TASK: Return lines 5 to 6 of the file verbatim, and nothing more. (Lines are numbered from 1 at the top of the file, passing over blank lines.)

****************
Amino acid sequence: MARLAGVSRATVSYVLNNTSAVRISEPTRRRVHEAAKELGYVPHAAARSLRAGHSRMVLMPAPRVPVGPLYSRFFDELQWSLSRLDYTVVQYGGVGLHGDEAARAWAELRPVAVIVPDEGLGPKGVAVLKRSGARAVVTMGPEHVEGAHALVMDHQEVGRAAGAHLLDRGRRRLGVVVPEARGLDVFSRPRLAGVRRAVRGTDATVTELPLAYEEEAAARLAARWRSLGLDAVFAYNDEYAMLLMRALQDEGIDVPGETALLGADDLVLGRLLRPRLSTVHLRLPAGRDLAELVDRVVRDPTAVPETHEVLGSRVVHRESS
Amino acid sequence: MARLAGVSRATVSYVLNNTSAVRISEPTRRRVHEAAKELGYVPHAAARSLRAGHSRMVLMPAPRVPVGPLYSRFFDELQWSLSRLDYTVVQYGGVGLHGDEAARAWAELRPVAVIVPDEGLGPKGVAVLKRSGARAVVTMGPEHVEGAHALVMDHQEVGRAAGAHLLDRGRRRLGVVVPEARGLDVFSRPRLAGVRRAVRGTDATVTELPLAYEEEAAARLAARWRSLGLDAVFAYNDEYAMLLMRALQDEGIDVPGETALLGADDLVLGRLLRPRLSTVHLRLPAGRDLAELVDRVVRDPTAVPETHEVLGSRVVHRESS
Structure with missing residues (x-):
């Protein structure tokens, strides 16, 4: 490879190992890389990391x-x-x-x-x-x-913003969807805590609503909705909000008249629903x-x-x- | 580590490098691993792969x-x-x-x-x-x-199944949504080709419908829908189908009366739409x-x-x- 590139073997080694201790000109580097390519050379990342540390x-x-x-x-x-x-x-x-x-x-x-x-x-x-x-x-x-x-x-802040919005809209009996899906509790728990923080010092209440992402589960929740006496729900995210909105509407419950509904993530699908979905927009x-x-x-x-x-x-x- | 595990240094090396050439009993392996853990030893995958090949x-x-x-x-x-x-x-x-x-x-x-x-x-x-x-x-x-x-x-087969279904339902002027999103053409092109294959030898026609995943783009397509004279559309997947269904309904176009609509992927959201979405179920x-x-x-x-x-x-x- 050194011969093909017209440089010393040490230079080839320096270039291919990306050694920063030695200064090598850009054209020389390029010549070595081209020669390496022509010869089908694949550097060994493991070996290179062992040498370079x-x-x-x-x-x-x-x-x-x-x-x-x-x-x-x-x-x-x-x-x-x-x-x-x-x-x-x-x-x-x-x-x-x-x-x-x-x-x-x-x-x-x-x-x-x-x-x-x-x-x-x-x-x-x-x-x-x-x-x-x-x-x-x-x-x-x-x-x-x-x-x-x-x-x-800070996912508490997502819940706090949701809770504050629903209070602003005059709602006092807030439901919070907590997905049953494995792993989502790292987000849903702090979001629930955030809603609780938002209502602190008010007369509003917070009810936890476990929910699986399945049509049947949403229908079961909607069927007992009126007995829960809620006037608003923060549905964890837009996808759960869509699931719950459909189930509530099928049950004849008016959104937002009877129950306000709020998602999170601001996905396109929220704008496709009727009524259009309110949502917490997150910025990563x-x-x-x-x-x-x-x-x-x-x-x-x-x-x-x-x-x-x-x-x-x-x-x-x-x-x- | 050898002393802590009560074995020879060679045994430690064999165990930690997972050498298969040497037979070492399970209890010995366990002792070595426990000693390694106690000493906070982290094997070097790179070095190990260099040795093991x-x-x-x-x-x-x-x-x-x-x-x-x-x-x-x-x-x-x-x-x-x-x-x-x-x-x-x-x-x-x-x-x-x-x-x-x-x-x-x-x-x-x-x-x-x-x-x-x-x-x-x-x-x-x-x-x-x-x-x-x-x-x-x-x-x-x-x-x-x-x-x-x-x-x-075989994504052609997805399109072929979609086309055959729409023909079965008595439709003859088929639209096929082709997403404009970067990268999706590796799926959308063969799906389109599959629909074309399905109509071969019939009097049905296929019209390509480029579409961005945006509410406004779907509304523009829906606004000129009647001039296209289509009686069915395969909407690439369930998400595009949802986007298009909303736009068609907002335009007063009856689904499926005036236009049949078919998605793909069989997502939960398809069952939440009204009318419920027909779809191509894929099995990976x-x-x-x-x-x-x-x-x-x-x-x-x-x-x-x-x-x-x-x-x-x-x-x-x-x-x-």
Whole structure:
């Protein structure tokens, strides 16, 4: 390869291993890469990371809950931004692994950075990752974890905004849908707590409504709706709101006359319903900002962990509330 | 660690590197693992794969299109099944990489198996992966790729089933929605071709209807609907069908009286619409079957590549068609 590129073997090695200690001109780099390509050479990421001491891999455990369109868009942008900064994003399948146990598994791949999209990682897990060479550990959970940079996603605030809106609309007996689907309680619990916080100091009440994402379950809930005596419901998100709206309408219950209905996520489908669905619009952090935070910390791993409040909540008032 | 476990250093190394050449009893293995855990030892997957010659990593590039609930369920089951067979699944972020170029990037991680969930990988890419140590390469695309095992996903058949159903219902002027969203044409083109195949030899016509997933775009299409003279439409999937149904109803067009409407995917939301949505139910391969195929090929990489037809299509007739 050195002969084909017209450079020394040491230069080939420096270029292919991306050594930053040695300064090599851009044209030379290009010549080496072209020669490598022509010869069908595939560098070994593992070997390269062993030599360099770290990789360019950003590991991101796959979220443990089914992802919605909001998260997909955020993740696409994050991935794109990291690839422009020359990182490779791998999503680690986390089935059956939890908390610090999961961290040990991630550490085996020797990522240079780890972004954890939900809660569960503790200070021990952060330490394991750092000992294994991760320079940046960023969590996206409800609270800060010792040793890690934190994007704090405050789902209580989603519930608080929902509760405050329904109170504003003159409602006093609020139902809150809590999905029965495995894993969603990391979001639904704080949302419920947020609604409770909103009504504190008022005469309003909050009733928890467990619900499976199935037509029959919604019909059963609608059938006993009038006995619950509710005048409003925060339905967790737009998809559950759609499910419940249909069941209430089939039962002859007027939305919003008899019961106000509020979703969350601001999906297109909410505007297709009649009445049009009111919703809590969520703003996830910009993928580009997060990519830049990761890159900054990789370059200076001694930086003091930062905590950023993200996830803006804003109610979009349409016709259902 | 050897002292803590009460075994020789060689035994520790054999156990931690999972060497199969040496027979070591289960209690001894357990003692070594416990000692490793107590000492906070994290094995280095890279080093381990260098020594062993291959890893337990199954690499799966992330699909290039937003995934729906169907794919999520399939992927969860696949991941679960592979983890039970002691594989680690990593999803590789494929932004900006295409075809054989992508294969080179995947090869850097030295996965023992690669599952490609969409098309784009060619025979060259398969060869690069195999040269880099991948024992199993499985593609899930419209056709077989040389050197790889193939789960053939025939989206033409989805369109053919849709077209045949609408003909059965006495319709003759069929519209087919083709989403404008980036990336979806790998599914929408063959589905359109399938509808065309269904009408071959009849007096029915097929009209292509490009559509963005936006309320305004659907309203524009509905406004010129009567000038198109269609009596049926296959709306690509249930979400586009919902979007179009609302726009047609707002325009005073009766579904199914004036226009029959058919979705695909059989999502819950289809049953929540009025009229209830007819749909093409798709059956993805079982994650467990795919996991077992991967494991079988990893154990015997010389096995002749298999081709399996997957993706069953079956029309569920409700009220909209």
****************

Whole structure:
């Protein structure tokens, strides 16, 4: 390869291993890469990371809950931004692994950075990752974890905004849908707590409504709706709101006359319903900002962990509330 | 660690590197693992794969299109099944990489198996992966790729089933929605071709209807609907069908009286619409079957590549068609 590129073997090695200690001109780099390509050479990421001491891999455990369109868009942008900064994003399948146990598994791949999209990682897990060479550990959970940079996603605030809106609309007996689907309680619990916080100091009440994402379950809930005596419901998100709206309408219950209905996520489908669905619009952090935070910390791993409040909540008032 | 476990250093190394050449009893293995855990030892997957010659990593590039609930369920089951067979699944972020170029990037991680969930990988890419140590390469695309095992996903058949159903219902002027969203044409083109195949030899016509997933775009299409003279439409999937149904109803067009409407995917939301949505139910391969195929090929990489037809299509007739 050195002969084909017209450079020394040491230069080939420096270029292919991306050594930053040695300064090599851009044209030379290009010549080496072209020669490598022509010869069908595939560098070994593992070997390269062993030599360099770290990789360019950003590991991101796959979220443990089914992802919605909001998260997909955020993740696409994050991935794109990291690839422009020359990182490779791998999503680690986390089935059956939890908390610090999961961290040990991630550490085996020797990522240079780890972004954890939900809660569960503790200070021990952060330490394991750092000992294994991760320079940046960023969590996206409800609270800060010792040793890690934190994007704090405050789902209580989603519930608080929902509760405050329904109170504003003159409602006093609020139902809150809590999905029965495995894993969603990391979001639904704080949302419920947020609604409770909103009504504190008022005469309003909050009733928890467990619900499976199935037509029959919604019909059963609608059938006993009038006995619950509710005048409003925060339905967790737009998809559950759609499910419940249909069941209430089939039962002859007027939305919003008899019961106000509020979703969350601001999906297109909410505007297709009649009445049009009111919703809590969520703003996830910009993928580009997060990519830049990761890159900054990789370059200076001694930086003091930062905590950023993200996830803006804003109610979009349409016709259902 | 050897002292803590009460075994020789060689035994520790054999156990931690999972060497199969040496027979070591289960209690001894357990003692070594416990000692490793107590000492906070994290094995280095890279080093381990260098020594062993291959890893337990199954690499799966992330699909290039937003995934729906169907794919999520399939992927969860696949991941679960592979983890039970002691594989680690990593999803590789494929932004900006295409075809054989992508294969080179995947090869850097030295996965023992690669599952490609969409098309784009060619025979060259398969060869690069195999040269880099991948024992199993499985593609899930419209056709077989040389050197790889193939789960053939025939989206033409989805369109053919849709077209045949609408003909059965006495319709003759069929519209087919083709989403404008980036990336979806790998599914929408063959589905359109399938509808065309269904009408071959009849007096029915097929009209292509490009559509963005936006309320305004659907309203524009509905406004010129009567000038198109269609009596049926296959709306690509249930979400586009919902979007179009609302726009047609707002325009005073009766579904199914004036226009029959058919979705695909059989999502819950289809049953929540009025009229209830007819749909093409798709059956993805079982994650467990795919996991077992991967494991079988990893154990015997010389096995002749298999081709399996997957993706069953079956029309569920409700009220909209």